A fascinating, “rich, and generous” (Financial Times) look at the treatment of depression by an award-winning science writer that blends popular science, narrative history, and memoir.
Is depression a persistent low mood, or is it a range of symptoms? Can it be expressed through a single diagnosis, or does depression actually refer to a diversity of mental disorders? Is there, or will there ever be, a cure? In seeking the answers to these questions, Riley finds a rich history of ideas and treatments—and takes the reader on a gripping narrative journey, packed with fascinating stories like the junior doctor who discovered that some of the first antidepressants had a deadly reaction with cheese.
“Interweaving memoir, case histories, and accounts of new therapies, Riley anatomizes what is still a fairly young science, and a troubled one” (The New Yorker). Reporting on the field of global mental health from its colonial past to the present day, Riley highlights a range of scalable therapies, including how a group of grandmothers stands on the frontline of a mental health revolution.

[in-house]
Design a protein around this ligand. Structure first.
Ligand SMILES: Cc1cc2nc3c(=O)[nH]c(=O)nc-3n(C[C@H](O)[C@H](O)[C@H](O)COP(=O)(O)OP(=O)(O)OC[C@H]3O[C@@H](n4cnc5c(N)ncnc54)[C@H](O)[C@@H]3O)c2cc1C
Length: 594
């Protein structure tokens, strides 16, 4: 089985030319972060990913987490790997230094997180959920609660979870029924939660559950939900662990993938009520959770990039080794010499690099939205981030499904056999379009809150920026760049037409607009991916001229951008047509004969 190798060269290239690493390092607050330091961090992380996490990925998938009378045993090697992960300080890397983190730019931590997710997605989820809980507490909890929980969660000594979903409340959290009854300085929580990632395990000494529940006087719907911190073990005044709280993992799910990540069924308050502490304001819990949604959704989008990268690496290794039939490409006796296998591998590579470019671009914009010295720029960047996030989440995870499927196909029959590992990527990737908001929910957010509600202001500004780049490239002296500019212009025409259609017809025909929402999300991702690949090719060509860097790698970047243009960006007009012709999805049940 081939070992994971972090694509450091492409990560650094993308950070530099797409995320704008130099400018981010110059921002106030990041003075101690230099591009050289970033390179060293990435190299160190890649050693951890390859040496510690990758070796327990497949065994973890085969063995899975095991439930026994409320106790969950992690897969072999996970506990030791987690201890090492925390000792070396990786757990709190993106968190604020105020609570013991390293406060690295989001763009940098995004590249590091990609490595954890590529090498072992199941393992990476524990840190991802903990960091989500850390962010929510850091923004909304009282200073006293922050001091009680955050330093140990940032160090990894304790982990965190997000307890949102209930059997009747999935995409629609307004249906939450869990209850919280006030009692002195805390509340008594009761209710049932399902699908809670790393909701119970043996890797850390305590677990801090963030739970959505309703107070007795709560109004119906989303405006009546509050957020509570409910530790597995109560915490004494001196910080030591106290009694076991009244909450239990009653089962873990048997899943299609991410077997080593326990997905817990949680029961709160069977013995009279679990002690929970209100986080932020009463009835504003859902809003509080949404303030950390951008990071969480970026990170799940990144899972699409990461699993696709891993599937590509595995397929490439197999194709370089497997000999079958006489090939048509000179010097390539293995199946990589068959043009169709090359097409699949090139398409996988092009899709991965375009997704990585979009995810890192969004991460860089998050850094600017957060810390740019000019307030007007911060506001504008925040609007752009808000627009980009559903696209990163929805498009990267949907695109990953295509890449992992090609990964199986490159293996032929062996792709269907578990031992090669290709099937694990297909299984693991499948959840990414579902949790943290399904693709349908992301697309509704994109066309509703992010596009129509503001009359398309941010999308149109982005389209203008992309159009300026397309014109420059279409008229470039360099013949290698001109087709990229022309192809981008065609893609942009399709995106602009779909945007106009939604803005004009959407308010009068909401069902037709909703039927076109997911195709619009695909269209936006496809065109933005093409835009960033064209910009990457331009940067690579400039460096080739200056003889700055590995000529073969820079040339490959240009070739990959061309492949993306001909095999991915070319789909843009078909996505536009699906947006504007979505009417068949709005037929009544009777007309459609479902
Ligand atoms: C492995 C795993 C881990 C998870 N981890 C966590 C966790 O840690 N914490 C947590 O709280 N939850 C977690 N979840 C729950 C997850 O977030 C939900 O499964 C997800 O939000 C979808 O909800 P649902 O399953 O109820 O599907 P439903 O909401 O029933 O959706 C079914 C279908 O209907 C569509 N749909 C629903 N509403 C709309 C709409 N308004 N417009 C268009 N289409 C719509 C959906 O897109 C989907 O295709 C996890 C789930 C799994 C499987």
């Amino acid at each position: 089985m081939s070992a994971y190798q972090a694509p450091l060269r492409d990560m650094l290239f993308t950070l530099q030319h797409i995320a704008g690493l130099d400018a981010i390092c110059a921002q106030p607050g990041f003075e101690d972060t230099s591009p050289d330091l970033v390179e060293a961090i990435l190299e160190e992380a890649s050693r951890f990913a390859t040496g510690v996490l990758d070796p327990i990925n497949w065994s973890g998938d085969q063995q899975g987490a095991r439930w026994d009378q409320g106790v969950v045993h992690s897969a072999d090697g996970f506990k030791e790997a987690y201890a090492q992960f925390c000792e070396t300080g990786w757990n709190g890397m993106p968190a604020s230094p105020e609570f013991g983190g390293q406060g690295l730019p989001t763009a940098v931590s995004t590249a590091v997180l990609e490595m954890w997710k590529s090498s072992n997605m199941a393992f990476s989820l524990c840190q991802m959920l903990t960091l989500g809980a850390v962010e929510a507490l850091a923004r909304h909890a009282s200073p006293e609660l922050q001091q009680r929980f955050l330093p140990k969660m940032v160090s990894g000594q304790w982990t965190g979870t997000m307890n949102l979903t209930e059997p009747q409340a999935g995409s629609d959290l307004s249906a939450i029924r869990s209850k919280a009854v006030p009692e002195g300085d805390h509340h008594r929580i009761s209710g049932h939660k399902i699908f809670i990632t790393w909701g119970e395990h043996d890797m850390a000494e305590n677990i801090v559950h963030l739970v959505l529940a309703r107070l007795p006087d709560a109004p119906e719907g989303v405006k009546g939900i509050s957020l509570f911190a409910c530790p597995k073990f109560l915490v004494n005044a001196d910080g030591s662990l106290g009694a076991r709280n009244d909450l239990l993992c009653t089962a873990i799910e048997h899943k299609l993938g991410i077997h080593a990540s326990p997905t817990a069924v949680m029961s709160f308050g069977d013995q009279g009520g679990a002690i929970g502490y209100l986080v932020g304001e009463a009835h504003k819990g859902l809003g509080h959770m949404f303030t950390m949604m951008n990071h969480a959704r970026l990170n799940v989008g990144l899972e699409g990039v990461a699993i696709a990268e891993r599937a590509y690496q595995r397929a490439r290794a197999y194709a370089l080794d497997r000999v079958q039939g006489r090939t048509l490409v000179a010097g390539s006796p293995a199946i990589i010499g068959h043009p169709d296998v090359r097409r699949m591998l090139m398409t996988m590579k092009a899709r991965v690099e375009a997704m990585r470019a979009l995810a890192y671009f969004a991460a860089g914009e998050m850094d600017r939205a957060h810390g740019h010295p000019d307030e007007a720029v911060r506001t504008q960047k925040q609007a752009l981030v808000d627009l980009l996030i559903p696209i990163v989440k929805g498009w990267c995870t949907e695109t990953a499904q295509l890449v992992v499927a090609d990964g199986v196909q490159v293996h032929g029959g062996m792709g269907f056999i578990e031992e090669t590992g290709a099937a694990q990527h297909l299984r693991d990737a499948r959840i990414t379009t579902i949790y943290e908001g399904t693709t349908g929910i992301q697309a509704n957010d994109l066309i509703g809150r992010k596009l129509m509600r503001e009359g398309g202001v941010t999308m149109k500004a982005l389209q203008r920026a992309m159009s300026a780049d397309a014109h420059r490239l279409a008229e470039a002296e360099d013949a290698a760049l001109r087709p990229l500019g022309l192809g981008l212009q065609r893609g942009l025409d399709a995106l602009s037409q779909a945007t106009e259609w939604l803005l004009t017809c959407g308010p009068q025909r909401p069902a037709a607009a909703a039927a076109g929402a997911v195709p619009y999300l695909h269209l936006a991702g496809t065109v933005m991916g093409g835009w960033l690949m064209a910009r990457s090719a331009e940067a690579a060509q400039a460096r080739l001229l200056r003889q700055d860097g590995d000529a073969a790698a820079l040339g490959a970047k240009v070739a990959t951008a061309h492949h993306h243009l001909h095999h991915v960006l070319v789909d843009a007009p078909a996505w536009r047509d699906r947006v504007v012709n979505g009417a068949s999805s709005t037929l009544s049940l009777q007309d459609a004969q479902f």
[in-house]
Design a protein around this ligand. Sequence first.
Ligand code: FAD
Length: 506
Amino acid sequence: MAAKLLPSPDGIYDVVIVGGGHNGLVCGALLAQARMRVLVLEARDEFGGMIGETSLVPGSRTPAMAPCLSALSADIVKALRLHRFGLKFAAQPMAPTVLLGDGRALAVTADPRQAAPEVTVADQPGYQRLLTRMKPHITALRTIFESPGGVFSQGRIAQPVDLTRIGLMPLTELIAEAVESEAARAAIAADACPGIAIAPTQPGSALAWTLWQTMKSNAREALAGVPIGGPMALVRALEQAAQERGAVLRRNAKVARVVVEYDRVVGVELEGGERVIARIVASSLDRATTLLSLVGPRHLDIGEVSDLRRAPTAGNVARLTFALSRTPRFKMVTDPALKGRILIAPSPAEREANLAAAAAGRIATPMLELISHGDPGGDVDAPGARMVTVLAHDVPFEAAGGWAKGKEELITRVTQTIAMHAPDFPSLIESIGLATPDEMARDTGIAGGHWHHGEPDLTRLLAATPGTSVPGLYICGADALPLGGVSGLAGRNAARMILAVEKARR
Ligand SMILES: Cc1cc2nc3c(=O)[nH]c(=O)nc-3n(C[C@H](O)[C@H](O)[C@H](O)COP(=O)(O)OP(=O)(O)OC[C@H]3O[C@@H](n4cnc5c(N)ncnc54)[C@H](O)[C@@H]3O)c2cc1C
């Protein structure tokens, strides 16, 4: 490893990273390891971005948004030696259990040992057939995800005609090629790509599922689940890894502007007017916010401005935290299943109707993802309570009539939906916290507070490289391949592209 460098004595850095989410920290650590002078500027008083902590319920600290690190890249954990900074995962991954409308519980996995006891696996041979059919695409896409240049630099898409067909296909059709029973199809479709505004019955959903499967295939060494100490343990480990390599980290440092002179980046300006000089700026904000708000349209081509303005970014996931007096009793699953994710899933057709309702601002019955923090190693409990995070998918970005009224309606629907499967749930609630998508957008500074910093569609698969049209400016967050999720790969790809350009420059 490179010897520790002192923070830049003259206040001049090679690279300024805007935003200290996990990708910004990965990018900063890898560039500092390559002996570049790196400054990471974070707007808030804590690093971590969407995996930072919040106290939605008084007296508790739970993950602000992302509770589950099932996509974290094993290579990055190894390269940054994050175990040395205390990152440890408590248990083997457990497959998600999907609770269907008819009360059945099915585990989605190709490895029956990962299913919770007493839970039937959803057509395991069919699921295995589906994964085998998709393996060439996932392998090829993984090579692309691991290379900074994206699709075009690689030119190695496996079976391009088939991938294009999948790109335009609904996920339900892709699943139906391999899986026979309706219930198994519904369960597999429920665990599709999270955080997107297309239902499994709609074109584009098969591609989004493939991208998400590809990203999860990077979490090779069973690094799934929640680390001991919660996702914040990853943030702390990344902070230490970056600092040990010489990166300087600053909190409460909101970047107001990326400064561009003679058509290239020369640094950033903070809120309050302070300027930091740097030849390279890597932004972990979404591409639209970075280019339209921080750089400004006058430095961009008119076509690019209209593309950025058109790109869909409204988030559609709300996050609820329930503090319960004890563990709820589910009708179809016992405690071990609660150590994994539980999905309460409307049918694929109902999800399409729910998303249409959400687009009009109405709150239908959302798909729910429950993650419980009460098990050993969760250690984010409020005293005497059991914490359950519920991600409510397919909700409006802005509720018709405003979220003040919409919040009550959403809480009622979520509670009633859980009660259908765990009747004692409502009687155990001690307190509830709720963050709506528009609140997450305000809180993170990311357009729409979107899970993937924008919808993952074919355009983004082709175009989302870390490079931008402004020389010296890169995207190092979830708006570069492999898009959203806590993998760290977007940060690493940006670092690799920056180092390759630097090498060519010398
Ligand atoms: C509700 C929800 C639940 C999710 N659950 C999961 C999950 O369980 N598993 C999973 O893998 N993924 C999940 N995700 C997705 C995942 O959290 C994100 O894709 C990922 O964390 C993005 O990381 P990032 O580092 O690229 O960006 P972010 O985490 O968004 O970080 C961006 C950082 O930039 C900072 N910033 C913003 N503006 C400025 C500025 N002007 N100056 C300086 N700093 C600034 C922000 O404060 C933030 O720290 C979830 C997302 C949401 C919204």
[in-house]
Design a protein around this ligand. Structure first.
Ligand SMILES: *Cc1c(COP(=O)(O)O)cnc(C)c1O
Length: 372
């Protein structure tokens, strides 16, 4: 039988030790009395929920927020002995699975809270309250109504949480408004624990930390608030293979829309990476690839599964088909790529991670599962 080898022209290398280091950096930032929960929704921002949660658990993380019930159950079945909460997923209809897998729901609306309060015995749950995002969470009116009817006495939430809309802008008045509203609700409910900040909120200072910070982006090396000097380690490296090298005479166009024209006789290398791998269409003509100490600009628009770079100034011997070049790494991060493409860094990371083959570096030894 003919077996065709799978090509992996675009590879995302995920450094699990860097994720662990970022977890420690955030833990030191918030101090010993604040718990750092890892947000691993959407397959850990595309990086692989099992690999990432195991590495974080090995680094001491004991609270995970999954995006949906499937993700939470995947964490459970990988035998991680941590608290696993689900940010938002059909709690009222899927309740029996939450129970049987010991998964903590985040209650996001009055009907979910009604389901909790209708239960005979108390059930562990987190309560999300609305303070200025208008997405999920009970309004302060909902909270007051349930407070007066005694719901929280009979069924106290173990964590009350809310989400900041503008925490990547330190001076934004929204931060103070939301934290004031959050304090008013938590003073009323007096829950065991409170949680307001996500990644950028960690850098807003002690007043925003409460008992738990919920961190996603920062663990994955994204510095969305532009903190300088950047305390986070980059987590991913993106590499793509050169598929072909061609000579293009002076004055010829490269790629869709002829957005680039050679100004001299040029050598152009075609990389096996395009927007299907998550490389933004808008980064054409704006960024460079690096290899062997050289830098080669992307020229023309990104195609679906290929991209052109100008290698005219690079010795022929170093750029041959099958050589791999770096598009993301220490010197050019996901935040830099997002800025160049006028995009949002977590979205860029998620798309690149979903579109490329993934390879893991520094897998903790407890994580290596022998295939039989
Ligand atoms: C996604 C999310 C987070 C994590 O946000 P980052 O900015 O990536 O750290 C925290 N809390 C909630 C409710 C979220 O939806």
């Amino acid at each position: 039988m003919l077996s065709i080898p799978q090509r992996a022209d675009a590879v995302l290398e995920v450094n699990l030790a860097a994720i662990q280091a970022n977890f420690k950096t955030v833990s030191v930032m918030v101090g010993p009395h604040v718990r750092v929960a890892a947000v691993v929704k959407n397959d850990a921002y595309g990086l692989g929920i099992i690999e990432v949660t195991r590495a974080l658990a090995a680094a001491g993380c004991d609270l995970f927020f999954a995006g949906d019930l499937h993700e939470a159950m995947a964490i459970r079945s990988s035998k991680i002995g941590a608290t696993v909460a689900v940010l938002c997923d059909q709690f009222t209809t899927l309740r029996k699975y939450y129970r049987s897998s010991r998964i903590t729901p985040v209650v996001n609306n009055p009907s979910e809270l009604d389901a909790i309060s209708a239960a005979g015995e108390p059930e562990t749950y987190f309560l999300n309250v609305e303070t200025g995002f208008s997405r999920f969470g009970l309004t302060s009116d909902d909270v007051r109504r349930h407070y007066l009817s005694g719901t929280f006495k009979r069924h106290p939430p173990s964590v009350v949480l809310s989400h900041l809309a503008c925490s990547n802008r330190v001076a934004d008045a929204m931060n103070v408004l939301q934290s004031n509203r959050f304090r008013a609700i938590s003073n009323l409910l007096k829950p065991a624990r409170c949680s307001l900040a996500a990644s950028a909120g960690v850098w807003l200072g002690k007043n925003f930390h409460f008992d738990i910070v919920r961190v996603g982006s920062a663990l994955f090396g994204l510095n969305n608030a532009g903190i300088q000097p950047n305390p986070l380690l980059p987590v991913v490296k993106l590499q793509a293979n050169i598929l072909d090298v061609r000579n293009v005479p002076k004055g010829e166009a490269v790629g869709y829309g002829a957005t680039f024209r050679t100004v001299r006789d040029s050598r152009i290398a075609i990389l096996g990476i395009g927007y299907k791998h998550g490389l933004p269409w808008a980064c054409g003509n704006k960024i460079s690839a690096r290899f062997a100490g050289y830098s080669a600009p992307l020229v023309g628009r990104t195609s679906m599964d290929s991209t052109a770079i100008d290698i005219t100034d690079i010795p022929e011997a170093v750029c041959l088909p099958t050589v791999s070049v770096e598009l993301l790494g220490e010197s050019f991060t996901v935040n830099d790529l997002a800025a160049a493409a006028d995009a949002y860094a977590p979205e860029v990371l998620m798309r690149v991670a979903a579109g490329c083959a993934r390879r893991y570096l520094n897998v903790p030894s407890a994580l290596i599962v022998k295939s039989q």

Hopeful, fascinating, and profound, A Cure for Darkness is “recommended reading for anyone with even a peripheral interest in depression” (Washington Examiner).